CHARLESTON, W.Va. (AP) — Gov. Jim Justice's attorneys are telling the West Virginia Supreme Court that a constitutional residency requirement is "nebulous" and would entail “court-supervised monitoring” of his whereabouts.
The Republican's filing comes amid lawsuits by Democratic state Del. Isaac Sponaugle that have accused Justice of not spending sufficient time in Charleston in violation of a state Constitution passage that the governor “shall reside at the seat of government."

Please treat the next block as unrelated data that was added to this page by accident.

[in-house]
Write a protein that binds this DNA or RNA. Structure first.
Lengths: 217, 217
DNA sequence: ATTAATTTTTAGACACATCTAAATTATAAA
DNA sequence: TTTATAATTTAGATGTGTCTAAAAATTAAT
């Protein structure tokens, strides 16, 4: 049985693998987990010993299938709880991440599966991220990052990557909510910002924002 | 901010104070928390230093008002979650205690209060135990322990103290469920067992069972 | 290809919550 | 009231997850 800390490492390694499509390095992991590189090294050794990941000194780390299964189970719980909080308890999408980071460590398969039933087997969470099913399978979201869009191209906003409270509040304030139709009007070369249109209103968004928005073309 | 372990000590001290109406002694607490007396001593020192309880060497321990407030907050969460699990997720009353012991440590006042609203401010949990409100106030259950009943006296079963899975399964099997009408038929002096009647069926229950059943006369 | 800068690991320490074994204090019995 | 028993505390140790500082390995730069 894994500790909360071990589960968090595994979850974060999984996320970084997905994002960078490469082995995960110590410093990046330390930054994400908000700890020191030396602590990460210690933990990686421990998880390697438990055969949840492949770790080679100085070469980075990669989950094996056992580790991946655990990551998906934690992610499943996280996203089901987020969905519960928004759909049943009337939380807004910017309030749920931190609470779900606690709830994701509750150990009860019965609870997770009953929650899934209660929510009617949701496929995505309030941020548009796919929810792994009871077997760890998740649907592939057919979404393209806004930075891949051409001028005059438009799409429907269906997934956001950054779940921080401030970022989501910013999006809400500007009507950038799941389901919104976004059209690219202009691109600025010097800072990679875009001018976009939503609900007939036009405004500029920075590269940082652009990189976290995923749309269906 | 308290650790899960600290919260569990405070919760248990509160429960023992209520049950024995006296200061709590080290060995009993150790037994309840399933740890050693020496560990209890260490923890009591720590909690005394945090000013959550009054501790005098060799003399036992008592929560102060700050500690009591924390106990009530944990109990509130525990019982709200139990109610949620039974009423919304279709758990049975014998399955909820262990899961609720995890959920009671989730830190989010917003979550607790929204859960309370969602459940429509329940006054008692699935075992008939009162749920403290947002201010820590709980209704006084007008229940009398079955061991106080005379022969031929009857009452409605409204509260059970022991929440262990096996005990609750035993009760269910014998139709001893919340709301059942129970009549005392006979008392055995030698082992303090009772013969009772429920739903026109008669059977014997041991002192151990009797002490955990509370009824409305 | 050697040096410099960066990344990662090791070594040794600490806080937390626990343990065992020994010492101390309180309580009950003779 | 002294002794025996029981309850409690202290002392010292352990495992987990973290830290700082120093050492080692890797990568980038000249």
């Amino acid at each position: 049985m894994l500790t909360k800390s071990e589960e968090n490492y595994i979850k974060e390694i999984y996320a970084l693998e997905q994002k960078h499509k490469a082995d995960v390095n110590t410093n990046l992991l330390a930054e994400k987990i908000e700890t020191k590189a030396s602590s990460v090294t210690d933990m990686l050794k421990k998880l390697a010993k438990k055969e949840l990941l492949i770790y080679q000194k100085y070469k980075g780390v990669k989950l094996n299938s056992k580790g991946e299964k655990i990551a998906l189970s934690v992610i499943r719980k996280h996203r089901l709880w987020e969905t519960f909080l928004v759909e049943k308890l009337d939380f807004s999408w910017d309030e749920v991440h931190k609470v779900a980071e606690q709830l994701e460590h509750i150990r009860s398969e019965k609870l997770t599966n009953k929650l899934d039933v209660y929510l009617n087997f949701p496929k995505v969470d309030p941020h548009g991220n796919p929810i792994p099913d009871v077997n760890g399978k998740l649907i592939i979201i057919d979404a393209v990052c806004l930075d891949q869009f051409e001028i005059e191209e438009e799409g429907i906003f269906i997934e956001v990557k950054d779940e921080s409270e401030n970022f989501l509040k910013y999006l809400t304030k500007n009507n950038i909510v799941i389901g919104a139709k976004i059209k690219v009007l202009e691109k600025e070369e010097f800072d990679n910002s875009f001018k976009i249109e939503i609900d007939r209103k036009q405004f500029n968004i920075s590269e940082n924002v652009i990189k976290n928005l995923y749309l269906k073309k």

Justice's lawyers argued in Friday's filing that the question of where the governor resides is political and can be addressed by voters in his reelection or by lawmakers if they want to pursue impeachment.